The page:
Print 17 comment(s) - last by Darksurf.. on Jun 6 at 10:21 PM

  (Source: Intel)
New standard relies on smarter controller chip to offer optimized 20 Gbps bi-directional flow

At the 2013 Computex show in Taipei, Taiwan Intel Corp. (INTCunveiled its next generation successor to Thunderbolt, Thunderbolt 2.

Released in 2011, the original Thunderbolt was championed by Apple, Inc. (AAPL).  Many derided its expensive proprietary cables and the lack of peripherals.  But on paper the technology impressed with four uni-directional 10 Gigabits-per-second (Gbps) channels.

Today there's many more compatible devices (roughly 80 by Intel's reckoning) and cable prices have begun to relax.  At the same time adoption among Windows personal computer makers has begun to heat up, thanks to roughly 30 compatible motherboards.

That's where Thunderbolt 2 comes enters the fray.

Thunderbolt 2
Thunderbolt line

Scheduled to land before the end of 2013, with a ramp up in 2014, the second generation technology uses a new controller chip to merge the uni-directional channels into two 20 Gbps bi-directional channels.  This will allow faster speeds when driving data primarily in a single direction (e.g. when copying files to a backup hard drive, etc.).

The good news for consumers is that owners of current generation Thunderbolt cables will be able to reuse them -- the cable design remains unchanged.  

Intel says that the new standard, previously codenamed "Falcon Ridge" will be useful in transferring 4K video from devices.  Currently transferring this resolution's massive files is a relatively slow and onerous process, depending on the video length.

Source: Intel

Comments     Threshold

This article is over a month old, voting and posting comments is disabled

What can transfer at these speeds?
By Space69Monkey on 6/5/13, Rating: 0
RE: What can transfer at these speeds?
By quiksilvr on 6/5/2013 7:44:31 PM , Rating: 2
Don't forget that this can primarily be used for daisy chaining. The whole point behind Thunderbolt is that it gives you so much bandwidth that multiple devices can be connected human centipede style and doesn't get bottlenecked.

RE: What can transfer at these speeds?
By Argon18 on 6/6/2013 11:47:36 AM , Rating: 2
Human Centipede style?? Gross, lol.

But yeah, SCSI and Firewire shared that same advantage over IDE and USB in their heyday.

Not to mention that Thunderbolt can be used for video displays, which have a high bandwidth requirement. One 1080p60 display needs ~4.5 Gb/s.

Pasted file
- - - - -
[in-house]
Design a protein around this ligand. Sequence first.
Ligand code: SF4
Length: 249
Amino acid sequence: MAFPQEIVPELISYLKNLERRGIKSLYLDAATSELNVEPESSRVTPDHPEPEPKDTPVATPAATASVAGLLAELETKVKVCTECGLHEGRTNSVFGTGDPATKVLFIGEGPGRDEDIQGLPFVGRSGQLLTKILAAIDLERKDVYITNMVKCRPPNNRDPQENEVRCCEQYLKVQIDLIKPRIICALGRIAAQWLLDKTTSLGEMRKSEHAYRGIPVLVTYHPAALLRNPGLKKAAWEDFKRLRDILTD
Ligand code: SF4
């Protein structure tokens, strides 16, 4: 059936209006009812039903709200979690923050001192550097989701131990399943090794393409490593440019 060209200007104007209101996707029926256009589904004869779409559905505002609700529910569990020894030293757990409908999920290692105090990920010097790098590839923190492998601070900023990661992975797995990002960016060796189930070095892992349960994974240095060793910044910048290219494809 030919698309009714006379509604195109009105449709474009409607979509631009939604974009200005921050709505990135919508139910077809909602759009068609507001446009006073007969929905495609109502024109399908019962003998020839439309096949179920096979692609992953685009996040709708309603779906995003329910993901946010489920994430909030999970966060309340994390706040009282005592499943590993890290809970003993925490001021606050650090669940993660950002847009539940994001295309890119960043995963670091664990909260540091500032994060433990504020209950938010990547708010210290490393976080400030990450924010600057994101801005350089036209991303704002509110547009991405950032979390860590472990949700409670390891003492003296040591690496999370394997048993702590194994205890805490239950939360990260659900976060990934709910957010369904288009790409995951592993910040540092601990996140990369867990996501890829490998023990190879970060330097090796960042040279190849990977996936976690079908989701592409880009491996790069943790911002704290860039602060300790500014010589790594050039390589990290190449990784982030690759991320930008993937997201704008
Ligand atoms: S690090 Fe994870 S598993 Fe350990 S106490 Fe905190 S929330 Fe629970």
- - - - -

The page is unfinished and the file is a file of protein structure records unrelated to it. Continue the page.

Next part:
By Darksurf on 6/6/2013 10:21:30 PM , Rating: 2
I'm an AMD fanboy myself, but I'm very interested in this Technology. This could be the next "multi port" like USB is today. Serial? Gone! LPT/Parallel? Gone! PS2? Gone!

Next? USB? Firewire? VGA? DVI? HDMI? Esata? Proprietary Tablet cables (Samsung, ASUS)? Thunderbolt 2 possibly Trumps it all. Why have 3 or 4 different port types when all you need is 1 and it daisy chains?!

Heck, can we make this the new power cable?! They were experimenting with making USB3/4 just that.

As long as this doesn't have direct and unwarranted access to the RAM like firewire (BIG NO-NO!) I'm totally game!

By UnauthorisedAccess on 6/6/2013 6:09:23 PM , Rating: 2
I saw the movie. He tried in vain to stay bottlenecked though couldn't stop the inevitable data flow.

RE: What can transfer at these speeds?
By Shadowself on 6/5/2013 8:22:34 PM , Rating: 5
The link connection for UHDTV (2160x3840) or 4K (2160x3840) at 24 bits per pixel (bpp) and 60 Hz or higher refresh including all the video overhead (overscan pixels, front/back porch bits, retrace bits, etc.) and transmission protocol overhead requires more than 10 Gbps. That's why Intel is pushing this as a bonded pair of 10 Gbps channels. A single 20 Gbps bonded channel will have plenty of headroom for UHDTV or 4K at 24 bpp and 60 Hz. The original Thunderbolt can't do that. And coincidentally, DP 1.1 and HDMI 1.4x won't either. That's why Thunderbolt will support DP 1.2. HDMI will support these rates when HDMI 2.0 comes out.

And as for your "no consumer grade RAID will even make use of this." statement. A consumer can buy a 4 drive SSD raid than can be configured as a RAID 0. (A commercial system would probably implement RAID 5 or 6.) If you look around you can see them advertised in the typical places. That can flood Thunderbolt 1.0. Unless you're doing UHDTV or 4K or 8K work you don't really need that throughput, but a "consumer" could buy it today.

And standards are not built for today. They often get stuck for 3-5 years (sometimes more). Besides this won't be shipping in quantity until at least the first half of 2014 -- almost a year from now. Who's to say that a single SSD won't be doing more than 10 Gbps in three or more years? I certainly won't.

Independent of all of that was the original promise of Thunderbolt that it never fulfilled: You could have a laptop connected to an external PCIe chassis with a decent graphics card in it through Thunderbolt and a high resolution (e.g., 2560x1440) through Thunderbolt. Thus you could have an light ultrabook for travel that could "dock" with an external card cage and a nice monitor when back at home or the office.